Sunday, September 22, 2013

Series Sunday: The Hourglass Trilogy by Myra McEntire

Titles: Hourglass, Timepiece, Infinityglass
Author: Myra McEntire
Publisher: Egmont
Number of Books: Three
Review: Five Stars

I liked this series. It wasn't my favorite, but I liked it. As far as each book went, Hourglass was definitely my favorite. Why? Because Em was the main character. All the other characters didn't really make me tick, but Em did. Infinityglass pulls up in second place, not because I loved the characters (though Hallie was pretty cool), but because it had a fast-paced, fun plot. And lastly comes Timepiece. Timepiece seemed to fall into the second book slump. Meaning, I liked the characters, but found them dull at times and I had to slog
my way through the book due to plot issues. Overall, I really liked the series and I can't wait to see what Myra has in store for us next!

I feel like the over-arching main character is Em. While each book has their own, Em was the original and is in each. Em's parents died about a year previous to the book. She is fun, spunky, and quirky.  Em has an awesome sense of humor that I can't get enough of. She's also a brown (black?) belt in karate. It's super funny to imagine the looks on her friends faces when she shows them exactly how well she can take care of herself. Her character has the biggest arc, simply because we have the most time with her. That time gives Em time to change slowly as well as the things surrounding her. Em's boyfriend is Michael. I find him swoon-worthy at times (so much so that I need to reread the
first book soon), but he also drives me crazy. Michael treats just about everyone like they need-to-know less than him. He withholds information until, eventually, someone gets hurt. Lily is Em's best friend and female protagonist of book two. She's a cool chick and I love her snark. Kaleb is the male protagonist of Timepiece, and gah! Kaleb turns out okay, but for the longest time, he drives me crazy with his neediness and weakness. Hallie is the main character of Infinityglass and plays a pivotal role in the story. That being said, I don't believe readers get enough of her backstory. So while I love her character, I can't feel for her because we don't have enough info. Dune is the male protagonist of Infinityglass and again, while I really love his character, I have a couple issues with it. We get enough of his backstory, but Dune himself is never resolved. What he can do and how exactly he does it is still up in the air at the end of Infinityglass.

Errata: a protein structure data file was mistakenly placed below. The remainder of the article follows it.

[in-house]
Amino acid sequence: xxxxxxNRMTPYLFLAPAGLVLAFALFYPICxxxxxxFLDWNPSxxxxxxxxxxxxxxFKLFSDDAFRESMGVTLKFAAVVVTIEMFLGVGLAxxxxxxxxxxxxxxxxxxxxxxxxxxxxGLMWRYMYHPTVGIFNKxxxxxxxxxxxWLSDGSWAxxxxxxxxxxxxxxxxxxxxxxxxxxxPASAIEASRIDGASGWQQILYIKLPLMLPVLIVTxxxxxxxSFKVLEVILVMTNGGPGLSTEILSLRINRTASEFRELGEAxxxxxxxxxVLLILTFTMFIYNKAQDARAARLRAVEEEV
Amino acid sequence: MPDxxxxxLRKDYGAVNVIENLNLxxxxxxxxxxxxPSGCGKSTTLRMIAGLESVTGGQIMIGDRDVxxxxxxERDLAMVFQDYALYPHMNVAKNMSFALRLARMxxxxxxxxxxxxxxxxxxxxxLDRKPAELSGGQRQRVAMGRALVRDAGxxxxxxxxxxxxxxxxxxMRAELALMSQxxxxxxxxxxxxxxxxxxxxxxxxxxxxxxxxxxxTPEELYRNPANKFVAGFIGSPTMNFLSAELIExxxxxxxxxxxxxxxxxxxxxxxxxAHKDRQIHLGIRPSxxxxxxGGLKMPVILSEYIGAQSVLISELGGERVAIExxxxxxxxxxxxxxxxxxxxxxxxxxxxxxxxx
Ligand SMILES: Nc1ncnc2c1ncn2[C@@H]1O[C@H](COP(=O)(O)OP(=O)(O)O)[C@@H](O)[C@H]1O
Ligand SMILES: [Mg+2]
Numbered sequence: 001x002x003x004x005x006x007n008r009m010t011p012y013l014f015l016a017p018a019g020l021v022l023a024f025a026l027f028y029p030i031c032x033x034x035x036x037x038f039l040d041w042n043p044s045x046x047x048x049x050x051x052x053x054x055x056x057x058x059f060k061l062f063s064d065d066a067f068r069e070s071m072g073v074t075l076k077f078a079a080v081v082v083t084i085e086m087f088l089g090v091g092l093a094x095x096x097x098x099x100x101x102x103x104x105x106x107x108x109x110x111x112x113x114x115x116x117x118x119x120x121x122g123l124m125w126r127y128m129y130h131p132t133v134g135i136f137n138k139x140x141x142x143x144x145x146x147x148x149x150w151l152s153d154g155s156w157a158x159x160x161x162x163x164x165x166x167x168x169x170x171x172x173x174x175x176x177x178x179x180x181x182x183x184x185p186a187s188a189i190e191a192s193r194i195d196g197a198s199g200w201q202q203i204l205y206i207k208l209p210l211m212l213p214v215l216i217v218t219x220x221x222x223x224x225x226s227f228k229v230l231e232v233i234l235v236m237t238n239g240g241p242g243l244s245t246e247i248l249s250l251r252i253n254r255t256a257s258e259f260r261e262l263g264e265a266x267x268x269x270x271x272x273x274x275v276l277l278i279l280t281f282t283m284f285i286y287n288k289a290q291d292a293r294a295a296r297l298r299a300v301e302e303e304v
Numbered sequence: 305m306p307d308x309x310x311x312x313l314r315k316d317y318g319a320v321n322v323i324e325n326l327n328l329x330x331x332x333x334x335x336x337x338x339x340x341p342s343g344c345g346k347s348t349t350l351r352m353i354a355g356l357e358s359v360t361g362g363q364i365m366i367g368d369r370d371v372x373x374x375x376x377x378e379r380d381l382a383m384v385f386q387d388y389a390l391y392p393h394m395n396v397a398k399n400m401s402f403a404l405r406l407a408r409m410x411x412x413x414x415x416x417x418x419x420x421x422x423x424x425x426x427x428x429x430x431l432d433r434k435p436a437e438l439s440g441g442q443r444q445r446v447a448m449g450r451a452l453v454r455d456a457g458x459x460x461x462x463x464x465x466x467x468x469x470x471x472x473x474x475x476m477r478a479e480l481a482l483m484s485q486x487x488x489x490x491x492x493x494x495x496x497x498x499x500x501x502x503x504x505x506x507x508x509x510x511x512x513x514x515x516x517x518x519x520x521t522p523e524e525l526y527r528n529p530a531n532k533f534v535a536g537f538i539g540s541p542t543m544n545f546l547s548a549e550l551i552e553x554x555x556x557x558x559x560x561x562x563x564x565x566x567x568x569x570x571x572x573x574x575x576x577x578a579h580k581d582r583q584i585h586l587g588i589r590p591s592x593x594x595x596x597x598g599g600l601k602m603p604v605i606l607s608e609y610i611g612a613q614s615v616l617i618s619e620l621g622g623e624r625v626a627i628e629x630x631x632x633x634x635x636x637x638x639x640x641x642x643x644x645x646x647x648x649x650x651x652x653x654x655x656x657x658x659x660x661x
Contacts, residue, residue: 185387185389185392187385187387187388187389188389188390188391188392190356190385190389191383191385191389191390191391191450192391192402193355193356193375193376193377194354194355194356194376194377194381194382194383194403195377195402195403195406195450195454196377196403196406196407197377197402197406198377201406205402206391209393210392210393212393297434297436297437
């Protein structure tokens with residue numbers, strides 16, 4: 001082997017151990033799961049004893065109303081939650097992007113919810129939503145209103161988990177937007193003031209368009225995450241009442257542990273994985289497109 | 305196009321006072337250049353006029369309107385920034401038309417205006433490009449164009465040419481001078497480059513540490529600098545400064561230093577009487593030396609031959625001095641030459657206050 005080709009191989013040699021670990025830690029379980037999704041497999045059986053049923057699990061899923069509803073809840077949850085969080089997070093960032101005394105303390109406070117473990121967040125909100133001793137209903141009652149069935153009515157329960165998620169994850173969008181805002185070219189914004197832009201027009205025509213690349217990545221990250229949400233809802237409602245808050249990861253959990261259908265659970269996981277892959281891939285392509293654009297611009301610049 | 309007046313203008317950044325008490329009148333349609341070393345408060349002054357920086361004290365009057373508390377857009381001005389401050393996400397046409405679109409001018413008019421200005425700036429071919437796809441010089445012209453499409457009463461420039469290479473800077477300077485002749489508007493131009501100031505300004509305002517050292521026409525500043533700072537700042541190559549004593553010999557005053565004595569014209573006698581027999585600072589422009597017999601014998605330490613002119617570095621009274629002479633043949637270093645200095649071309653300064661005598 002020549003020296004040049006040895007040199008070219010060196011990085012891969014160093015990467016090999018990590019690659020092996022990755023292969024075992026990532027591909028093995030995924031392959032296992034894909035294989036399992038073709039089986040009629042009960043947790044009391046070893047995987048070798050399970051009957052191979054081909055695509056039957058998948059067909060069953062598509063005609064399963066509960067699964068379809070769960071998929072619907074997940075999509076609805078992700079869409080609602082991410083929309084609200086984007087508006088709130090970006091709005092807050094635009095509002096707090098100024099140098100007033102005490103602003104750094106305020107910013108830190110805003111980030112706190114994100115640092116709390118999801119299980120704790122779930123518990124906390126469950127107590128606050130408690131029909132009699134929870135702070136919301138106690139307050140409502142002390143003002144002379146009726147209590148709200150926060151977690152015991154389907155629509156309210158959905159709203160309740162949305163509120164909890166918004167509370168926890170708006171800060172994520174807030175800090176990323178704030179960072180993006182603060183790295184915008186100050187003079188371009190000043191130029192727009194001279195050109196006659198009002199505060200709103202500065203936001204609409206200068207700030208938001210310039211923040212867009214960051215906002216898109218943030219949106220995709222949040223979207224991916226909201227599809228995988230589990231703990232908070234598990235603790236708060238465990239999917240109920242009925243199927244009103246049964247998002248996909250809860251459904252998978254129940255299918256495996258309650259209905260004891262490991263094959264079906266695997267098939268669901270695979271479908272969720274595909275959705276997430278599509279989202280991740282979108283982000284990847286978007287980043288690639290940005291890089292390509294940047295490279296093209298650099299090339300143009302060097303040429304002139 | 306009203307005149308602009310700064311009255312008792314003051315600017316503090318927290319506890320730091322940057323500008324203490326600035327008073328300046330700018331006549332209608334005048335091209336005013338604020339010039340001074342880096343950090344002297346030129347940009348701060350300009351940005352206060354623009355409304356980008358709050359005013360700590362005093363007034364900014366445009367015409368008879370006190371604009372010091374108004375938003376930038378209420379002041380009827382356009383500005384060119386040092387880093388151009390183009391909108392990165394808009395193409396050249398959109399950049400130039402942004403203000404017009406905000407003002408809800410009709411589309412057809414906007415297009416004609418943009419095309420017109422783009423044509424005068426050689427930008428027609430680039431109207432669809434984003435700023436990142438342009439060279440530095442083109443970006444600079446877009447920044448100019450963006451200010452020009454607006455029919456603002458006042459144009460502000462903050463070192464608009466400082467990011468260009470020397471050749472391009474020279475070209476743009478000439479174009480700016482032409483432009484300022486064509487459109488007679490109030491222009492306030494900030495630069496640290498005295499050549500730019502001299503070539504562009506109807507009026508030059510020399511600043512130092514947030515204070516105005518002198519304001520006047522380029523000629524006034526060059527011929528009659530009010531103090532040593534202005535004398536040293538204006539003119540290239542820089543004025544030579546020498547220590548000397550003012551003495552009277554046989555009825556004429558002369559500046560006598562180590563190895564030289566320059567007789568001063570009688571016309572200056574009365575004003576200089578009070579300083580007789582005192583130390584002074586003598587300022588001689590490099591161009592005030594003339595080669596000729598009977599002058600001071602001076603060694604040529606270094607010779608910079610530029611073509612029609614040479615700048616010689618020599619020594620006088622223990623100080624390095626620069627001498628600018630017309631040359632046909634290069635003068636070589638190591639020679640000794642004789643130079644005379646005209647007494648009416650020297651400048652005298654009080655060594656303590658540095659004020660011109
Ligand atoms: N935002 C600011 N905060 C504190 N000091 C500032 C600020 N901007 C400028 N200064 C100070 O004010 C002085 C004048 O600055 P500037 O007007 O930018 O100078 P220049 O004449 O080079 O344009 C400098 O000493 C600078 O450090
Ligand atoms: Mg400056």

The end of the series? Pure perfection. I laughed out loud so many times at that last line. It is funny and well, just go read the books. It doesn't make sense out of context, but it is endlessly funny to the reader. And this is in the epilogue by the way. The writing of these books was superb. Even when the plot was in a slump, the writing was still fun. There is some content in here for older readers, especially in book two. The overall plot arch is well-done. It stretches from page one of Hourglass to page whatever of Infinityglass. I find myself reminiscing about the series already, and can't wait until I have the time to reread it! I give these books four stars.

Author Bio:
Myra McEntire knows the words to every R&B hit of the last decade, but since she lives in Nashville, the country music capital of America, her lyrical talents go sadly unappreciated. She’s chosen, instead, to channel her “mad word skills” into creating stories.

She’s an avid Doctor Who fan and will argue passionately about which incarnation is the best.

You Can Find Her At:


One hour to rewrite the past...

For seventeen-year-old Emerson Cole, life is about seeing what isn’t there; swooning Southern Belles; soldiers long forgotten; a haunting jazz trio that vanishes in an instant. Plagued by phantoms since her parents’ death, she just wants the apparitions to stop so she can be normal. She’s tried everything, but the visions keep coming back.

So when her well-meaning brother brings in a consultant from a secretive organization called the Hourglass, Emerson’s willing to try one last cure. But meeting Michael Weaver may not only change her future, it may change her past.

Who is this dark, mysterious, sympathetic guy, barely older than Emerson herself, who seems to believe every crazy word she says? Why does an electric charge seem to run through the room whenever he’s around? And why is he so insistent that he needs her help to prevent a death that never should have happened?

You Can Find the Book:

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